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Brief intraoperative heparinization and blood loss in anterior lumbar spine surgery

Emma M. Sim, Matthew H. Claydon, Rhiannon M. Parker, and Gregory M. Malham

OBJECT

The anterior approach to the lumbar spine may be associated with iliac artery thrombosis. Intraoperative heparin can be administered to prevent thrombosis; however, there is a concern that this will increase the procedural blood loss. The aim of this study was to examine whether intraoperative heparin can be administered without increasing blood loss in anterior lumbar spine surgery.

METHODS

A prospective study of consecutive anterior approaches for lumbar spine surgery was performed between January 2009 and June 2014 by a single vascular surgeon and a single spine surgeon. Patients underwent an anterior lumbar interbody fusion (ALIF) at L4–5 and/or L5–S1, a total disc replacement (TDR) at L4–5 and/or L5–S1, or a hybrid procedure with a TDR at L4–5 and an ALIF at L5–S1. Heparin was administered intravenously when arterial flow to the lower limbs was interrupted during the procedure. Heparin was usually reversed on removal of the causative retraction.

RESULTS

The cohort consisted of 188 patients with a mean age of 41.7 years; 96 (51.1%) were male. Eighty-four patients (44.7%) had an ALIF, 57 (30.3%) had a TDR, and 47 (25.0%) had a hybrid operation with a TDR at L4–5 and an ALIF at L5–S1. One hundred thirty-four patients (71.3%) underwent a single-level procedure (26.9% L4–5 and 73.1% L5–S1) and 54 (28.7%) underwent a 2-level procedure (L4–5 and L5–S1). Seventy-two patients (38.3%) received heparinization intraoperatively. Heparin was predominantly administered during hybrid operations (68.1%), 2-level procedures (70.4%), and procedures involving the L4–5 level (80.6%).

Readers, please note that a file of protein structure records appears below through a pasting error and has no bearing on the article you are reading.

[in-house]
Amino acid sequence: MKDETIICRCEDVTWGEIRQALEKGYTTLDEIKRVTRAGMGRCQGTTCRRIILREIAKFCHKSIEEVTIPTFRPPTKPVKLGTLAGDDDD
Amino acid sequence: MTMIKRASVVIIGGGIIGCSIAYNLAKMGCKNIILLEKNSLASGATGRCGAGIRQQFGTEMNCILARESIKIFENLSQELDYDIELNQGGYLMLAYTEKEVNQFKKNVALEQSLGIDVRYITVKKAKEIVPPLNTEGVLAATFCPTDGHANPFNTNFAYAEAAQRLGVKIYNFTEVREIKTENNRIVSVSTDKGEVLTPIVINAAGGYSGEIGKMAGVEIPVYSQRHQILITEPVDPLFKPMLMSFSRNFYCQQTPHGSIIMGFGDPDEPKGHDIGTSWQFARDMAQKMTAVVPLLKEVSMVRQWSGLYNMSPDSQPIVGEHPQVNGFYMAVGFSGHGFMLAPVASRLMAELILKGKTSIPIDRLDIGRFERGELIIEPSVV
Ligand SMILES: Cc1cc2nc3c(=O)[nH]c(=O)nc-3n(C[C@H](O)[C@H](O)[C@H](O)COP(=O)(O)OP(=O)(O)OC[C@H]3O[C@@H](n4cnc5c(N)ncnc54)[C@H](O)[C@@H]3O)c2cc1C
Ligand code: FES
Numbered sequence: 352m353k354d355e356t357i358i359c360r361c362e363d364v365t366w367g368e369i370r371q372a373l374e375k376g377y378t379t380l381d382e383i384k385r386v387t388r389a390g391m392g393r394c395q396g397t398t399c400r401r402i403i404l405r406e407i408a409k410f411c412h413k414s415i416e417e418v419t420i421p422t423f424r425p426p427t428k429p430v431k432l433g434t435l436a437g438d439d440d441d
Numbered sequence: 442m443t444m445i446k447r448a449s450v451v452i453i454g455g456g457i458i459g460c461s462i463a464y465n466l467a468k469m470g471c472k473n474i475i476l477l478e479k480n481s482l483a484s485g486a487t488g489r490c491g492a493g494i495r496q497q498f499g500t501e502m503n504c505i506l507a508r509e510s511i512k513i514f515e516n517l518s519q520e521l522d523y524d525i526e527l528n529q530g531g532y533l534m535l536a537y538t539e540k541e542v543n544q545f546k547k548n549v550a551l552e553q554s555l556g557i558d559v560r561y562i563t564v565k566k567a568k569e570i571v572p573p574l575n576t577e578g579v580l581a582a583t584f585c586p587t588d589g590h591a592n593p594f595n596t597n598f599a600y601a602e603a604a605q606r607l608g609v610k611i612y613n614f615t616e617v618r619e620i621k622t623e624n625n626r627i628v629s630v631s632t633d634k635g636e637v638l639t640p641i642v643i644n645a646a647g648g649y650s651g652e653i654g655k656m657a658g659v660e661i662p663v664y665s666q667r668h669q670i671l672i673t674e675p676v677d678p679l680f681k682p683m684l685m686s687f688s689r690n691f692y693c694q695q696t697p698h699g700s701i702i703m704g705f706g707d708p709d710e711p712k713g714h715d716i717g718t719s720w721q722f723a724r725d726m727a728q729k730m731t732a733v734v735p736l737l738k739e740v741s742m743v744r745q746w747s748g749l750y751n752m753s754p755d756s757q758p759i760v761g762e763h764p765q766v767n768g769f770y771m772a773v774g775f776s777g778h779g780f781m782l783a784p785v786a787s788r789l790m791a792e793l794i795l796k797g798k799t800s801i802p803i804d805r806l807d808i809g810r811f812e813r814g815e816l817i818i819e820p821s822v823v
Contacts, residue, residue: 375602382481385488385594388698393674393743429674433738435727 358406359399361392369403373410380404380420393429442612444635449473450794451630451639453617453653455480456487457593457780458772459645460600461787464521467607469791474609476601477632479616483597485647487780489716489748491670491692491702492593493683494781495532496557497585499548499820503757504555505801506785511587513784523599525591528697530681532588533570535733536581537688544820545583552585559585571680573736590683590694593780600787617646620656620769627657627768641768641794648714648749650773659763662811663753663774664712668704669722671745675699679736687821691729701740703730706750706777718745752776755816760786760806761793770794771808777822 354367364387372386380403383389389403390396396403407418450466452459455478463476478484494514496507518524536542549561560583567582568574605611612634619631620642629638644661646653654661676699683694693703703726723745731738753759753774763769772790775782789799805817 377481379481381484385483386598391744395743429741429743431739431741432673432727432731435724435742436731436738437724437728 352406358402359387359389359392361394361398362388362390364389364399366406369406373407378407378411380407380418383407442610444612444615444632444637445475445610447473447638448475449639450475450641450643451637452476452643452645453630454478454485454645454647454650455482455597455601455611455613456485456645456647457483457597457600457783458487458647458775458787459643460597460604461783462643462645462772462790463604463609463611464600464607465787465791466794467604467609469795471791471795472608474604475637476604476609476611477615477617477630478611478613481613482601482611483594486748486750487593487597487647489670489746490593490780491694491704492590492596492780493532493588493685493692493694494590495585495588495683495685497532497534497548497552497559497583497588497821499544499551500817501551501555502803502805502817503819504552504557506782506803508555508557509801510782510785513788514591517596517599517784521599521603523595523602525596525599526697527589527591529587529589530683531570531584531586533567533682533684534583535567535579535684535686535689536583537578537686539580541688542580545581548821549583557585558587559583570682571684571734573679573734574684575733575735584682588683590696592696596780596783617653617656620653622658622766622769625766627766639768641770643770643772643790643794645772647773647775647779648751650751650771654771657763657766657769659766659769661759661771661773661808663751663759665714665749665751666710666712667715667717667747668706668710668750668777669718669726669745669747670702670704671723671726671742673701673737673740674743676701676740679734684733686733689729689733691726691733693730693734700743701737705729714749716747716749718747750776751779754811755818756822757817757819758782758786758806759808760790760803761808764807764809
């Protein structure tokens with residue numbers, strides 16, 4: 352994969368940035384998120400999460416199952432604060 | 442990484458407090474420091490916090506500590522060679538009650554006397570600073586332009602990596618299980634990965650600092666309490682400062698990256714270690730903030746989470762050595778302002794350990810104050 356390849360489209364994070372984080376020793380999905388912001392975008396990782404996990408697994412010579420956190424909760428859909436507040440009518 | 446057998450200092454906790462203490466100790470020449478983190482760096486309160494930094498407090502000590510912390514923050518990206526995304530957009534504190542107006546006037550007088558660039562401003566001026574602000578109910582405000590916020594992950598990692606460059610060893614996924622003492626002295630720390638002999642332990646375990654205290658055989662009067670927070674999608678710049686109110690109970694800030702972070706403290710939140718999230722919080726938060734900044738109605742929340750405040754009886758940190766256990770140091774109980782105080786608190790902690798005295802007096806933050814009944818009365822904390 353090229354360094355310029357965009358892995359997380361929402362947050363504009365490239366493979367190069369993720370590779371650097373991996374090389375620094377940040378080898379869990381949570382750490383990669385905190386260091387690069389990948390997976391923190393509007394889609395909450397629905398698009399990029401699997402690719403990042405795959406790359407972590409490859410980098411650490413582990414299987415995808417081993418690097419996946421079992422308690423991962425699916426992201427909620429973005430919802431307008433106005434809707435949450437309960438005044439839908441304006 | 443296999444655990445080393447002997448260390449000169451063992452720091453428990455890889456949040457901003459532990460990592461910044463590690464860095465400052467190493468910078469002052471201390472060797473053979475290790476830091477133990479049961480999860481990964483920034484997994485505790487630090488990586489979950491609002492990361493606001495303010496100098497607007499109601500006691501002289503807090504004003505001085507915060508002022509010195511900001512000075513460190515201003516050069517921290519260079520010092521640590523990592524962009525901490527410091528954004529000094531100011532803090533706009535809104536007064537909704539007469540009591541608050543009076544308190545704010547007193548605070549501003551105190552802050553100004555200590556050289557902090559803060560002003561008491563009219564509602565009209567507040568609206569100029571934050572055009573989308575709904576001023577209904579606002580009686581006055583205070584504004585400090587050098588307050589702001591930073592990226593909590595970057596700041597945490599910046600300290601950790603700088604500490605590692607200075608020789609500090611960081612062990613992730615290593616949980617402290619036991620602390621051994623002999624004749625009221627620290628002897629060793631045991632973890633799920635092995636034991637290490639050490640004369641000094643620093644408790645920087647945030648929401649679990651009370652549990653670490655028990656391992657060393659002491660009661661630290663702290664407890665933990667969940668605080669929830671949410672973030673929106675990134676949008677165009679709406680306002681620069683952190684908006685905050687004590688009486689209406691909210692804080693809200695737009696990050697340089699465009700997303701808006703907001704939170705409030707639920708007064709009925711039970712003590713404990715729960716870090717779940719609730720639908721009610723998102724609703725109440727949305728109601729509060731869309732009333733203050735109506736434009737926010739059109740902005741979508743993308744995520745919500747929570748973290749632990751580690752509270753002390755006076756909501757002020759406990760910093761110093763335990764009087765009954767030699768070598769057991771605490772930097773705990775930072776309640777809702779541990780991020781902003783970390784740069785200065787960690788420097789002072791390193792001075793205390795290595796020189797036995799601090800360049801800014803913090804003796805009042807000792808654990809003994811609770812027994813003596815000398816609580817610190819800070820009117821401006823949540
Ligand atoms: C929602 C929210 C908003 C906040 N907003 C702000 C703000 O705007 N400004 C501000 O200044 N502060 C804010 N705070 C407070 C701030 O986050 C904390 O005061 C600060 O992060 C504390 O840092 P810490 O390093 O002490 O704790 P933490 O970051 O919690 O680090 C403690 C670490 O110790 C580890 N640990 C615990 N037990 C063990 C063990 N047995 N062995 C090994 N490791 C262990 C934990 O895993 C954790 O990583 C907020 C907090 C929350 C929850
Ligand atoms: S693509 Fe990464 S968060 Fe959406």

There were no intraoperative ischemic vascular complications reported in this series. There was 1 postoperative deep venous thrombosis.

The overall mean estimated blood loss (EBL) for the heparin group (389.7 ml) was significantly higher than for the nonheparin group (160.5 ml) (p < 0.0001). However, when all variables were analyzed with multiple linear regression, only the prosthesis used and level treated were found to be significant in blood loss (p < 0.05). The highest blood loss occurred in hybrid procedures (448.1 ml), followed by TDR (302.5 ml) and ALIF (99.7 ml). There were statistically significant differences between the EBL during ALIF compared with TDR and hybrid (p < 0.0001), but not between TDR and hybrid. The L4–5 level was associated with significantly higher blood loss (384.9 ml) compared with L5–S1 (111.4 ml) (p < 0.0001).

CONCLUSIONS

During an anterior exposure for lumbar spine surgery, the administration of heparin does not significantly increase blood loss. The prosthesis used and level treated were found to significantly increase blood loss, with TDR and the L4–5 level having greater blood loss compared with ALIF and L5–S1, respectively. Heparin can be administered safely to help prevent thrombotic intraoperative vascular complications without increasing blood loss.

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Continuum of the United States military’s traumatic brain injury care: adjusting to the changing battlefield

Rachel Lazarus, Katherine Helmick, Saafan Malik, Emma Gregory, Yll Agimi, and Donald Marion